Marks and Spencer replied thus: Many thanks for getting in touch about our policies surrounding hygiene in stores, I do appreciate your concerns and that everyone has different standards of hygiene. I am a clean freak myself so similar thoughts cross my mind. Customers are able to select loose salad items in store, yes this means they are able to touch the produce and find the items they wish to purchase. I would say it is rare that customers need to rummage to find something meaning they often keep the first item they select. Many customers use the loose carrier bags to select their items but not all do.  However, the items which are loose are those which can be washed before consumption, as you would do from any store, to ensure they are perfectly safe to eat. We also sell the majority of the loose items as a pre packaged variety too, these are obviously in larger portions so may not be suitable for your requirements but this would eliminate your concerns with other customers handling your items.  In terms of our fresh bakery produce, there are loose bags and utensils for customers to select their goodies with. The utensils are regularly washed throughout the day and items and staff monitor the bakery items and replacement or removal of items will occur if we have question to believe they are not safe for consumption.  In terms of the Christmas food, this is our busiest time of the year with food items moving in and out of our stores faster than you could ever believe. We have such strict refrigeration and hygiene policies to ensure the items reach our customers in the best condition for them to enjoy for their special celebration. The procedures in place are planned down to a T and run as efficiently as a military operation. We spend the majority of the year planning for the festive season with maximum care and attention paid to making the occasion special. I have every faith that you have nothing to be concerned about on this front.  I hope I have reassured you with our processes and policies and that you will be able to enjoy our produce with ease from now on.

Tesco responded: Thank you for your email regarding the storage and display of some of the products we have in our stores. We maintain very high standards of hygiene and cleanliness in our stores whilst adhering to all government legislation and EU regulations relating to displays such as the salad bars. I do understand your concerns regarding these areas (I think most supermarkets now have similar self-service units), however please let me assure you our stores do receive an internal independent audit twice a year, and those with counters four times per year to ensure all standards are met. If ever you have any concerns regarding the products on display or the behaviour of another customer towards these displays, please do not hesitate to inform a staff member.  With regards to the storage of Christmas goods, our stores do start planning for the additional stock several months in advance to ensure everything is stored correctly. Many of the products our customers buy must be kept at certain temperatures to maintain their quality. It's for this reason we have Refrigeration Alarm monitoring staff who will then notify a store if a fridge or freezer is running at a high temperature. I hope this information is of help.   If you have any other queries, please do not hesitate to get in touch.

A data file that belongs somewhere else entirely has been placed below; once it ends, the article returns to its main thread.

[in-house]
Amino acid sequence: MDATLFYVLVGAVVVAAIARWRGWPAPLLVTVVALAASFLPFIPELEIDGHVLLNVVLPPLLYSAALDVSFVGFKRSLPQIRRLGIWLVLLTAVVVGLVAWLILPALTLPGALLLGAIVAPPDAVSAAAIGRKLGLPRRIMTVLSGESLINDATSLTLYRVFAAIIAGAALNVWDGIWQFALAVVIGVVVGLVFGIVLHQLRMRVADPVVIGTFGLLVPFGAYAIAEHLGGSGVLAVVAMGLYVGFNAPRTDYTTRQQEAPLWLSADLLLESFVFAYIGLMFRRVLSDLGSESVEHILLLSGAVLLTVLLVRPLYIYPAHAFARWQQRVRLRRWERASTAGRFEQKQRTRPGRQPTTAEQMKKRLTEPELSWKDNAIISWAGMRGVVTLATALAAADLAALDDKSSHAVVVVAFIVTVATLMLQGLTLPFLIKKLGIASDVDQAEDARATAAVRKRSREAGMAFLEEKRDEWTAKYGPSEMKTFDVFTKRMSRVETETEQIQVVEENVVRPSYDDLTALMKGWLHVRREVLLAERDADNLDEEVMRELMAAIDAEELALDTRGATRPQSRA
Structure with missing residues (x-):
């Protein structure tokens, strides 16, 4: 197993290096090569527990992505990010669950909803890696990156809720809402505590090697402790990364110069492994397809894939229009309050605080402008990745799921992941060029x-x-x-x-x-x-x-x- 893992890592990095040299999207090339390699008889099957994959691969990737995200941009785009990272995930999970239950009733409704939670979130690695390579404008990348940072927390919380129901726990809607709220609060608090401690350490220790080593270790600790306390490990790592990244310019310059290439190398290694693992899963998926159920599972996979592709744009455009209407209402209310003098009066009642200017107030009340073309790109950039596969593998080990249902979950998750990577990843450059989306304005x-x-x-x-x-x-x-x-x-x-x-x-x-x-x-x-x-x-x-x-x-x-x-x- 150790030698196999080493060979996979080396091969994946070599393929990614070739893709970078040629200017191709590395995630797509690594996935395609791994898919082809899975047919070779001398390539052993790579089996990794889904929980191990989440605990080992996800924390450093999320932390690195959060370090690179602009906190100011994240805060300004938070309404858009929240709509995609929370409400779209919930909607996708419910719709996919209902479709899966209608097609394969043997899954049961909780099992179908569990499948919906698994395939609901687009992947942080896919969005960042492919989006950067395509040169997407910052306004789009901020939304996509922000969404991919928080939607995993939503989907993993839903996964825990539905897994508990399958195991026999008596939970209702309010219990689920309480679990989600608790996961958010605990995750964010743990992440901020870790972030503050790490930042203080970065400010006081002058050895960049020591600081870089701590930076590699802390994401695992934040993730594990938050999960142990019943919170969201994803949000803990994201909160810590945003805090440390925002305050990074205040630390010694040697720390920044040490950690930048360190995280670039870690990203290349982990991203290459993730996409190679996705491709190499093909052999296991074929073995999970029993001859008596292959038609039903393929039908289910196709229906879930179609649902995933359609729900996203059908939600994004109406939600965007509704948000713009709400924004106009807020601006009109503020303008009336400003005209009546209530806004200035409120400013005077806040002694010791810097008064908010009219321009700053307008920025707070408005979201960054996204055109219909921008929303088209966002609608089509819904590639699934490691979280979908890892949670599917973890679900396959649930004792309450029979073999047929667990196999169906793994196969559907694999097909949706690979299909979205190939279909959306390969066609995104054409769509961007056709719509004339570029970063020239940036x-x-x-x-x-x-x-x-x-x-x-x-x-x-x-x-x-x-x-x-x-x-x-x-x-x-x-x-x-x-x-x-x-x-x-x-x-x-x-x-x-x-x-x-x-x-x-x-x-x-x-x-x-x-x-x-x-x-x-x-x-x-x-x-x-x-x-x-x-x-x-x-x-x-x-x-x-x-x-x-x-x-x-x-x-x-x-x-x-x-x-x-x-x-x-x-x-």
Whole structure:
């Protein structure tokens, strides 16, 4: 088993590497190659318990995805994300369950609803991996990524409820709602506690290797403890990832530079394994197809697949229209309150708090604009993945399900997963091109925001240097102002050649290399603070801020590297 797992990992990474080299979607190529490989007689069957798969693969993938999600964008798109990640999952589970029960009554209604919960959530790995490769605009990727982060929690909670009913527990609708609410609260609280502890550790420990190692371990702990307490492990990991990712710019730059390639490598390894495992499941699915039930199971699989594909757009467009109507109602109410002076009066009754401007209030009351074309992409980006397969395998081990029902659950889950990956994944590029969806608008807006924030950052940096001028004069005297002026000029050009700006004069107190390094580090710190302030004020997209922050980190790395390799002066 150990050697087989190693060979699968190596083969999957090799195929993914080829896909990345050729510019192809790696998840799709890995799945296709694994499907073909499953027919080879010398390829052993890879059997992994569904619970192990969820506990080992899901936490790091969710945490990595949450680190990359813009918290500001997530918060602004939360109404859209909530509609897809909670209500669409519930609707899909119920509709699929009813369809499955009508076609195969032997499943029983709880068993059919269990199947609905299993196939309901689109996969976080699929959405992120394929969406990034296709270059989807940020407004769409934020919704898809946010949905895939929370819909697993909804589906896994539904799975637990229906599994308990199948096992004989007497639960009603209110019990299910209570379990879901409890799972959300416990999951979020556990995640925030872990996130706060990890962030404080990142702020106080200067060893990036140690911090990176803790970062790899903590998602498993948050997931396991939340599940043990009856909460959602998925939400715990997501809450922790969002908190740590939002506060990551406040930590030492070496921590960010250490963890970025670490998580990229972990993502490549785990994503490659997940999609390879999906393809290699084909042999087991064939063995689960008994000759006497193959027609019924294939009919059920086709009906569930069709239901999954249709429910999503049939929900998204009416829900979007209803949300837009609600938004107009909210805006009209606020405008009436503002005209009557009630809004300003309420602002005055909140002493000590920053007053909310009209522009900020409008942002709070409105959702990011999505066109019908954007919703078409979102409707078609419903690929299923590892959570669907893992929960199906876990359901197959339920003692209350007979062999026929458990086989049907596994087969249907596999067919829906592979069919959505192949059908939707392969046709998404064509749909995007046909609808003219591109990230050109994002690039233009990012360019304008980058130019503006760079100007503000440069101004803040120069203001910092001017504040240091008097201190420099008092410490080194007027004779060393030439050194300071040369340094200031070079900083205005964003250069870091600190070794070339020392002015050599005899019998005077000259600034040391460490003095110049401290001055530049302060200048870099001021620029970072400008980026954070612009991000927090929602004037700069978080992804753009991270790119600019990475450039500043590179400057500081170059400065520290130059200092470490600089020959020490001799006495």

Waitrose: Thanks for your comments about the way goods are displayed and handled on the salad bar counter and open bread fixtures. We aim to sell food to our customers in the best possible condition. This means we apply high standards of personal, food and surface hygiene. We also keep products, such as open products in correct storage conditions and handle them in a way that prevents contamination.  Our premises and procedures, and those of our suppliers, conform to strict hygiene standards and are subject to routine inspection by Environmental Health Authorities. However, if you're still not happy to purchase products from these areas, we do stock a range of similar goods that are pre-packed.  Christmas is indeed fast approaching and as you quite rightly point out, is a busy period for use. I can assure you that all of our branches do have adequate space for storage, with extra units being erected where needed. These include temperature controlled areas for all of the extra chilled and frozen stock that we’ll be selling.  Thanks again for your comments and for giving me the opportunity to clarify our position. I hope that you’ll now have the confidence to be more adventurous and try some of the delicious products that we sell at our open counters.

Morrisons: Thanks for taking the time to contact us.  I can assure you that all of the food on available on our salad bar is perfectly safe we have separate tongs and spoons for each product and labels above each bowl. The staff members carry out very regular visual checks on the items and anything looks as though it needs replacing or is something has been mixed with another item they will remove it immediately and put out fresh products. With regards to storage space in store we will only ever send a store what they need so that they have the sufficient storage space we would never send anything that they did not have the room for.  If you would like more information regarding this, please feel free to speak with the Store Manager on your next visit and he will provide you with more information.  I hope this helps and if there is anything else I can do please let me know.

Sainsbury’s did not respond.

I applaud the lengthy replies and the thought that went into writing them, but there is a feeling that the respondents are towing the party line, talking about what should happen.    What happens in practice in stores and their warehouses might be another matter. Maybe things have improved in recent years and storage space is adequate at peak trading times.
Retail teams on the front line work extremely hard, especially around Christmas.  They are up against all sorts of challenges and pressures, and I am certainly not criticizing them.  I hope that for their sanity and the safety of customers that my nightmare before Christmas is not repeated. 

If anyone is worried about this kind of thing, simply ask your local store manager if you can see behind the scenes - they are hardly likely to decline a customer request - and make up your own mind.  Hopefully, everything will either be fine and dandy or as wobbly and uncontrollable as a wonky trolley.

Let the customer beware of what goes on behind the scenes.